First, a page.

Organic caffeinated goodness at Caffe Appassionato.

Photo: Seattle Audubon Society.

It may be less sexy, but it’s what will work in the end. Putting pressure on one company is a sure way to make all of them mistrust us. We’ve found that building relationships, making the process as easy as possible, and providing convincing evidence based on past results is what matters. It’s this low-key persistence that allowed us to announce this spring the opening of an all-organic Caffe Appassionato store, a local coffee roaster and retailer. In the end, most of the coffee companies we’re working with — whether they are national or regional — have progressive roots and progressive customers; they want to do the right thing.

And it’s the same with individual coffee drinkers. My evidence is anecdotal, but the response at our events is always positive. The problem is getting the word out. We can’t run a TV commercial during prime time or put a billboard on every corner, but there are other ways to get attention. One of Seattle’s recent high-profile events was a concert last spring sponsored by our coalition partner, the Songbird Foundation, that featured Danny O’Keefe, Bonnie Raitt, Jackson Browne, and Keb’Mo’.

Usually, though, I concentrate on small events staffed by our volunteers. Right now, I’m mobilizing the troops to run a booth at the Environmental Expo, part of the Seattle Home Show. We plan to have a coffee tasting, and, of course, literature available at the table. One of the big selling points with shade coffee is that the flavor is typically sweeter and less bitter than coffee made from quick-growing sun beans. For most people, the choice of coffee is determined more by quality, taste, health, and convenience than the environment. So we talk up the flavor, the organic growing conditions, and the high quality. I don’t mind modifying our message to meet the consumer, so long as the point is taken.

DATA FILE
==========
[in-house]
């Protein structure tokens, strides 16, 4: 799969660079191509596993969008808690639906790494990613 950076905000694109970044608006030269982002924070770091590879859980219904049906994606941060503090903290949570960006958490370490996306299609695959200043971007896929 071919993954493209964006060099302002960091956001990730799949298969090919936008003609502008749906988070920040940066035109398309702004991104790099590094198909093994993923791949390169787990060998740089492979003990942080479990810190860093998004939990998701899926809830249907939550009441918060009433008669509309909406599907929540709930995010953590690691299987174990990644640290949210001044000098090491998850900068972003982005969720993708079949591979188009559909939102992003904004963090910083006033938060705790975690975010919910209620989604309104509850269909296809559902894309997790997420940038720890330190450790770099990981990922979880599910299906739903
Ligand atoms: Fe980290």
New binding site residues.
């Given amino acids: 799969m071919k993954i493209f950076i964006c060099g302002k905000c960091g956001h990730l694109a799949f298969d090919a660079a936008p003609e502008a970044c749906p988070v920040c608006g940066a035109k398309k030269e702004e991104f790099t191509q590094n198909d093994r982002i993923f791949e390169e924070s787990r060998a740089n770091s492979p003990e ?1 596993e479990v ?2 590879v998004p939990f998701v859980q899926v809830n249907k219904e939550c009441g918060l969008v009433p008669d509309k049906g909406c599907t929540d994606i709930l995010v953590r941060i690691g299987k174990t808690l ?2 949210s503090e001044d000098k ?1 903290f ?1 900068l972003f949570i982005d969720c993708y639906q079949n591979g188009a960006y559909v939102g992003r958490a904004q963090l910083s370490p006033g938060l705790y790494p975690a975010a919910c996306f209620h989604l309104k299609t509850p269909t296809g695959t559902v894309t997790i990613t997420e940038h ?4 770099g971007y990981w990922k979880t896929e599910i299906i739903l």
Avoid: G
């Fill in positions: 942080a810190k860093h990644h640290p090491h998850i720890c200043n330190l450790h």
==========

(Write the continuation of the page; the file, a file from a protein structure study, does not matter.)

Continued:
Coffee-talking volunteers.

Photo: Seattle Audubon Society.

One the most innovative ideas for spreading the word about shade-grown coffee (and I wish I’d thought of it), is enlisting churches. Think about it: What do people do after church? They drink coffee and talk. Shade-grown, fair-trade coffee is consistent with the social and environmental goals many ministries already support, and churches offer a powerful vehicle for educating a diverse and committed audience. If we sign on enough congregations, the word will begin to spread within the religious community, we’ll gain another campaign ally, and we’ll reach people who would not usually hear our message.

Our volunteers also attend birding festivals, warming cold hands with warm cups of coffee and talking about the winter habitat of songbirds. And in the future, the campaign will work with Northwest colleges and universities to sign agreements to sell shade-grown coffee in campus snack-bars and dining halls. As for what’s next, since the Northwest Shade Coffee Campaign has a staff of one (me), I’m willing to try anything that will work.

I got interested in avian ecology during a college internship with the International Bird Rescue and Rehabilitation Center in California. As I worked with the vets and rehabbers, I saw first hand the problems — many of them caused by humans — facing birds in North America. I know that, unlike me, most people will never see these problems first hand; most will never travel to the coffee farms of Latin America, just as most of us will never see the Arctic National Wildlife Refuge. Hopefully, we choose to protect these areas anyway, because of our values and personal commitment, our appreciation for the natural world, and our recognition of the importance of living sustainably on the Earth. On the scale of environmental commitment, drinking shade-grown coffee is pretty easy, but it changes the world — one cup at a time.

You can find a list of outlets that sell shade-grown coffee in the Northwest on our website. National lists of certified shade-grown coffee are at the Smithsonian Migratory Bird Center website and the Rainforest Alliance website.